Prophetic visions from Ezekiel and Revelation set tone for meeting’s final morning
by Rich Copley | Presbyterian News Service
STONY POINT, New York — Late in the final worship service for the 2019 Presbyterians for Earth Care national conference, participants stepped forward to fill their cups, but not with wine or juice.
The conference’s communion was the previous night, and this was a different kind of blessing, with water. The Rev. Lindsey Altvater-Clifton encouraged participants to fill their cups with three good swigs of water and proceeded to articulate a vision of peace, hope, healing, abundance, and change proceeding from the conference.
“May we receive the water’s blessing and the river flow through us,” Altvater-Clifton, Co-Pastor of Forest Hills Presbyterian Church in High Point, North Carolina, said three times during her blessing, inviting participants to drink each time.
This was one of the final acts of the four-day conference at the Stony Point Center that flowed with visions of rivers through lament over the current state of the environment to hope, action, and a final vision of new heaven and new Earth.
Earlier in the morning, the Rev. Dr. William P. Brown of Columbia Theological Seminary added an interesting new vision to “signs of the apocalypse”: the urban garden.
“New creation!” Brown exclaimed, speaking about Revelation 21:1-5, which contains the vision of “a new Heaven and a new Earth.”
“Where is God’s home?” he asked. “Among mortals. Among you and me.”
Once again, Brown was offering some new ways to look at familiar passages of the Bible. But during the week, he had been actively attending workshops and discussions along with the rest of the conference- goers.
“I have been challenged here, and I repent once again as I continue to move forward in this vocation of creation care,” Brown concluded.
As they prepared to head home, coming from as far away as Southern California and Chile, participants said they were invigorated by what they had learned and discussed and were ready to go put some new ideas into action.
“I am so grateful to be here in this amazing place,” said Daniela Ochoa Gonzalez of Washington, D.C., who goes to the Old Presbyterian Meeting House in Alexandria, Virginia. “This needs to be exploded so everyone can experience it. I realize there is potential for the Presbyterian Church to change policy and be a transformational force.”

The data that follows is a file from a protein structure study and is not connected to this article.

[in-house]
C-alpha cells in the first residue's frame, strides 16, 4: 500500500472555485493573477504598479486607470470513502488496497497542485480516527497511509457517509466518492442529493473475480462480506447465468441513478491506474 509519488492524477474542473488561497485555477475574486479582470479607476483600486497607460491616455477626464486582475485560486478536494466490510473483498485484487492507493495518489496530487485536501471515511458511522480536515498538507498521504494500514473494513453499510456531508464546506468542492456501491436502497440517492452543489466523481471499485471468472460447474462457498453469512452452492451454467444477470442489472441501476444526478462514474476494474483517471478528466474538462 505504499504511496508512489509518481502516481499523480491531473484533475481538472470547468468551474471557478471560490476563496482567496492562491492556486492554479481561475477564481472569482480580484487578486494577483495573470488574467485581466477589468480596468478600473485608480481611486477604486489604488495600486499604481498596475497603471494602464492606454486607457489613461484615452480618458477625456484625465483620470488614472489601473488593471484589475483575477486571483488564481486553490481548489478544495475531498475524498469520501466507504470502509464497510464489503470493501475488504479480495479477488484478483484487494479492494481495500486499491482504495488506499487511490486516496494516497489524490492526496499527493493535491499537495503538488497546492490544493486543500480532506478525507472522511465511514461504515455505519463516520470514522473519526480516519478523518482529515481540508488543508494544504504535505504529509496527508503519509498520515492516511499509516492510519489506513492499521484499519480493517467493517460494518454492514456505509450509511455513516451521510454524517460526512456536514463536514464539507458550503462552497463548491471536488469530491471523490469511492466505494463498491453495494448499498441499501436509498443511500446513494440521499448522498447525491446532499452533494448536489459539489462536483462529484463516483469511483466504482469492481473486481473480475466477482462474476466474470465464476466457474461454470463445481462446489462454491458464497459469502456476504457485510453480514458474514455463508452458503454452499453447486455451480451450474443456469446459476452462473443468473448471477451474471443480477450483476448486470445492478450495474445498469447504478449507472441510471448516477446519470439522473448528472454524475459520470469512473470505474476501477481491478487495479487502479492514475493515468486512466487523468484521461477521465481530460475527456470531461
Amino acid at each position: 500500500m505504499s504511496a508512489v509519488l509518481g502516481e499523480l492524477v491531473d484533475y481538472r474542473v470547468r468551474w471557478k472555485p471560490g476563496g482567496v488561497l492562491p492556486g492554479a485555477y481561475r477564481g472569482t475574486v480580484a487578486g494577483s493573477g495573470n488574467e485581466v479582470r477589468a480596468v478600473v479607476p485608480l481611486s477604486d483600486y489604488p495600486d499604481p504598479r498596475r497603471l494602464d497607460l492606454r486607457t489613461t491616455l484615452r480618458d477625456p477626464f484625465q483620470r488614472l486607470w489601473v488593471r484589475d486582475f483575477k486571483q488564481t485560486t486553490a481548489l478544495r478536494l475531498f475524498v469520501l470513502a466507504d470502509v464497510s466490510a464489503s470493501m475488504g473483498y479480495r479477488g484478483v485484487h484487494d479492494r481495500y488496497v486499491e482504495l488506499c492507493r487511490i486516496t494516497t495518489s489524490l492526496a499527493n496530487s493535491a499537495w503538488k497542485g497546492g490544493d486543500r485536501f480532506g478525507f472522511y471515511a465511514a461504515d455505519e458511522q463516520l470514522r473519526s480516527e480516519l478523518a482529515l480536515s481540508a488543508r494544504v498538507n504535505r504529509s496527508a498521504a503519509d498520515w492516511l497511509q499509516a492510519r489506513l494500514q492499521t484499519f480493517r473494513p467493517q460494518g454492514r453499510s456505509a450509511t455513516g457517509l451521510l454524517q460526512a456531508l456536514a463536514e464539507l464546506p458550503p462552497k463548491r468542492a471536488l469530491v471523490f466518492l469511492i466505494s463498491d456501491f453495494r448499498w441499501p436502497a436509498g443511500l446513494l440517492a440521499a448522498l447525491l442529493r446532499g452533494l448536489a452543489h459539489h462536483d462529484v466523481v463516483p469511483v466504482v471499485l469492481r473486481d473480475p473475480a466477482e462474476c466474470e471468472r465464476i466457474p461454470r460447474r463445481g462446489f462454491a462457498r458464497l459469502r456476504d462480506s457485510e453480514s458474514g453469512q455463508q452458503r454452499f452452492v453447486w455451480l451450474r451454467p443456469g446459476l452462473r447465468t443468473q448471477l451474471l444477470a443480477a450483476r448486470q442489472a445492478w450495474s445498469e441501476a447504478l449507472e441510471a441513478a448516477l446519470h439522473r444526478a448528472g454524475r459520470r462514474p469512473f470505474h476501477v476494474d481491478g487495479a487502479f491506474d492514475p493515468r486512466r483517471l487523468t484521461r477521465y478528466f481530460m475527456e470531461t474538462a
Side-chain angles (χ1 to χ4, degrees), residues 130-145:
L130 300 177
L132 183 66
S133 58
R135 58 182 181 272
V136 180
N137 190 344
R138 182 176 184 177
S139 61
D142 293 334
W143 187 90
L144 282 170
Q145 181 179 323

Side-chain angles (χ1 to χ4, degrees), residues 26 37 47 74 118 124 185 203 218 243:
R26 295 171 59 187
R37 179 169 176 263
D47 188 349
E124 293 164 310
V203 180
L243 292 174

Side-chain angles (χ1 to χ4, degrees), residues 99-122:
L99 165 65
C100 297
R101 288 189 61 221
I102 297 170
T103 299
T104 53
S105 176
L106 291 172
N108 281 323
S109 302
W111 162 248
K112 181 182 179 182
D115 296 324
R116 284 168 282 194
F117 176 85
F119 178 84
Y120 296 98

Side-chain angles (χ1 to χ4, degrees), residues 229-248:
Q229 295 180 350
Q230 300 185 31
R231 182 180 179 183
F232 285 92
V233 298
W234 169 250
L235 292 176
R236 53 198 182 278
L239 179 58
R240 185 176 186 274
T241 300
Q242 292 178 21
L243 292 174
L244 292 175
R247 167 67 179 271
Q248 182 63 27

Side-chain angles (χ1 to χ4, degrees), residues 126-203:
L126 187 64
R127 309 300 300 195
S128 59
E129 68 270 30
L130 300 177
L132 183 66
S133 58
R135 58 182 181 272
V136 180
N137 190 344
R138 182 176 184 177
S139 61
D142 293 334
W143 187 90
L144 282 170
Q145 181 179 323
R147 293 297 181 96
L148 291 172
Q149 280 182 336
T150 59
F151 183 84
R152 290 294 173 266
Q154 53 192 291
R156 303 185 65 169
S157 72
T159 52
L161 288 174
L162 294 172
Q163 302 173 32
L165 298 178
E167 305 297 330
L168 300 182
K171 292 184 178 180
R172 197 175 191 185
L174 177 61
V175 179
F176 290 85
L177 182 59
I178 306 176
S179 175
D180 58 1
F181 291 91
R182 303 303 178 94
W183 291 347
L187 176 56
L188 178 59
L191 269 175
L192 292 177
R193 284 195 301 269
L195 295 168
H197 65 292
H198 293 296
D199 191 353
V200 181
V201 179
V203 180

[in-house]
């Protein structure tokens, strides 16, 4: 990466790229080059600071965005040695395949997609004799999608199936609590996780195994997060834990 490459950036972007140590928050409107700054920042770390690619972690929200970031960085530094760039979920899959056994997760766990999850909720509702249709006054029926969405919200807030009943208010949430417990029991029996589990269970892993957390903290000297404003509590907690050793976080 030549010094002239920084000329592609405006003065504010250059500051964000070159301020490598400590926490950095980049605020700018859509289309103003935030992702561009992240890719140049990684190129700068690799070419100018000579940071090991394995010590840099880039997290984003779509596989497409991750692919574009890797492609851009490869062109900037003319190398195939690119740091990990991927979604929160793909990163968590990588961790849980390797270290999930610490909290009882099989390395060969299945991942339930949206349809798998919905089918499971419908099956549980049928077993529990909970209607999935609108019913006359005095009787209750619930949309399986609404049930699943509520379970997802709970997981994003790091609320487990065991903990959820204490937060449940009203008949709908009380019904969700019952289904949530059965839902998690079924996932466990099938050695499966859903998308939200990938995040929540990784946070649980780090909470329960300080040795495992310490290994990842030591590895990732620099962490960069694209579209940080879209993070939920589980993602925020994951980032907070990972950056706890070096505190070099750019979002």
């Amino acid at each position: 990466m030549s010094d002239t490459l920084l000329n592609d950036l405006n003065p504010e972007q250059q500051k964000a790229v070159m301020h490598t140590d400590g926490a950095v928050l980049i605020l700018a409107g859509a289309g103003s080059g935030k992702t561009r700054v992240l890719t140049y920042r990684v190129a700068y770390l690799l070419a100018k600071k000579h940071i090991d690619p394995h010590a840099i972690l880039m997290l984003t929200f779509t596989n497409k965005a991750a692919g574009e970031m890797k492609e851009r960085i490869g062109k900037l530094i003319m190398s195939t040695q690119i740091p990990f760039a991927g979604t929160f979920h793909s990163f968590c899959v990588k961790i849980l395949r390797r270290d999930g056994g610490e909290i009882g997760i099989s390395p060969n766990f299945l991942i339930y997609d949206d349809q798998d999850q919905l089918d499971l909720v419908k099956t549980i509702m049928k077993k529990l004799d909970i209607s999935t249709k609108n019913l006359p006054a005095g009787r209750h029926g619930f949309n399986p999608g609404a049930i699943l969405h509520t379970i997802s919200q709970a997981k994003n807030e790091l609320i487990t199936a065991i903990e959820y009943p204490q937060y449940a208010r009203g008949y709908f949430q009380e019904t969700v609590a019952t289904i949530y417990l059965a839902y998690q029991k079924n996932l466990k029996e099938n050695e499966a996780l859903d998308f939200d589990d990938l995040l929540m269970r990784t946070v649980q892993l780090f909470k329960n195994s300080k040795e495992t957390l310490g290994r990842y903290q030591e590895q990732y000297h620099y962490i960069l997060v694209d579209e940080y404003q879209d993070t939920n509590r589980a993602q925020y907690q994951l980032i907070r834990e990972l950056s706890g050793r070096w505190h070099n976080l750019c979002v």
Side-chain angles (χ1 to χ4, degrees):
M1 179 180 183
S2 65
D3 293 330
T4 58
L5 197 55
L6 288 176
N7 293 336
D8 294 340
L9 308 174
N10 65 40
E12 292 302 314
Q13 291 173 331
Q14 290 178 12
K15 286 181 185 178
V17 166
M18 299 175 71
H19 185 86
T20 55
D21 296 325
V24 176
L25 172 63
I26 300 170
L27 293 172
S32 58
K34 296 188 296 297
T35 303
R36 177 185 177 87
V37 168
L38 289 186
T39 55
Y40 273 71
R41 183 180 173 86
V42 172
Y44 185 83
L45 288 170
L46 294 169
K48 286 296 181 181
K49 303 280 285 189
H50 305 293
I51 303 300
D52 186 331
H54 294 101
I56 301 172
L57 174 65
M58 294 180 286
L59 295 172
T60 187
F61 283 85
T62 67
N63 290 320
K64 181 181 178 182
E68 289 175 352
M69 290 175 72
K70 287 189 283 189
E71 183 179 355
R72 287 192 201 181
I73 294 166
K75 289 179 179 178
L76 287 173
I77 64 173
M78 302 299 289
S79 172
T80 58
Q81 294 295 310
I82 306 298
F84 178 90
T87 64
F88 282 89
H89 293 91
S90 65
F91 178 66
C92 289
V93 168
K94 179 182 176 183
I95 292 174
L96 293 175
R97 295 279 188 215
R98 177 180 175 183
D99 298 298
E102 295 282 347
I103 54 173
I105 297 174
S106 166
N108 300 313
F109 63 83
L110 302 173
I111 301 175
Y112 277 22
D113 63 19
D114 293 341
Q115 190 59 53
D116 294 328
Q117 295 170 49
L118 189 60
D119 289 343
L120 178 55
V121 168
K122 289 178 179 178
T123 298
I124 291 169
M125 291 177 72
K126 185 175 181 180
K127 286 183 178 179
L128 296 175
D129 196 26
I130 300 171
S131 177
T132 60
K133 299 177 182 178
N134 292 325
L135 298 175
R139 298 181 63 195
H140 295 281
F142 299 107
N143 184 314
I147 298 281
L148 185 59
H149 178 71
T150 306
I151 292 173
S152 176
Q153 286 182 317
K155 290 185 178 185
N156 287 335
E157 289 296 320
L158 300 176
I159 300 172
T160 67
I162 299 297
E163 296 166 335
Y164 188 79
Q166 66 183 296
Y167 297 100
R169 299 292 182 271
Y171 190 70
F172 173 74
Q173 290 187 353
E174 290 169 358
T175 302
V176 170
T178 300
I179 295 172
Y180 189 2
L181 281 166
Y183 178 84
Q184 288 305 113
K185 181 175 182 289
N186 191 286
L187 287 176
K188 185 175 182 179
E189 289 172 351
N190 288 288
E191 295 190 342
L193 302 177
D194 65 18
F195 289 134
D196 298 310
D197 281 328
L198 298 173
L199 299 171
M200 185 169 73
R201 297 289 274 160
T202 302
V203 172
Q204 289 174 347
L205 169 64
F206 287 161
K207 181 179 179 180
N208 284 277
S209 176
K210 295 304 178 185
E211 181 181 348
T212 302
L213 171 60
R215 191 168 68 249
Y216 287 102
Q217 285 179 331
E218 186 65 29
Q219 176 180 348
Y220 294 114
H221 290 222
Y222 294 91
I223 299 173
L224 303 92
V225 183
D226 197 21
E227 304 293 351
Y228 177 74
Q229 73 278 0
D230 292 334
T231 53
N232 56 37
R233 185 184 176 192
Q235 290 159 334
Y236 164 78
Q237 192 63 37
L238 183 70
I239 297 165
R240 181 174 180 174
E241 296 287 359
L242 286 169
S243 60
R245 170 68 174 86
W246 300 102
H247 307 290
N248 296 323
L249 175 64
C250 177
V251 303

And transformation is what most people in attendance said was needed in U.S. climate policy, action, and more.
Speaking from Ezekiel 47:1-12, Altvater-Clifton talked about a time in ancient Israel during the Babylonian exile rife with corruption, racism, and violence when “no one feels safe.” That description sounded familiar to many in the room.
But in the midst of this ruin, the prophet Ezekiel receives a vision of a new Heaven and Earth featuring a land abundant in flowing water.
Visions can be risky, Altvater-Clifton said, as their witnesses can easily and widely be written off as crazy and delusional. At the point in the Scripture where the guide asks Ezekiel, “Mortal, have you seen this?” Altvater-Clifton said she would have been tempted to say, “Who, me?” realizing the weight and responsibility of acknowledging the vision.
“I know this is your dream, God, but it seems so very far from our reality,” Altvater-Clifton said.
But, she said, during the last few weeks, she thinks she has seen the vision in people she has encountered recently, including at the Earth Care conference.
Even the biggest rivers, she said, start with a spring.
“We are people of waters,” Altvater-Clifton said. “In baptism, we are called to be the peace-filled, healing, transforming river of God’s vision. We are called to bear the vision out of this place and into all the world.
“The river is me. The river is you. The river is all of us.”
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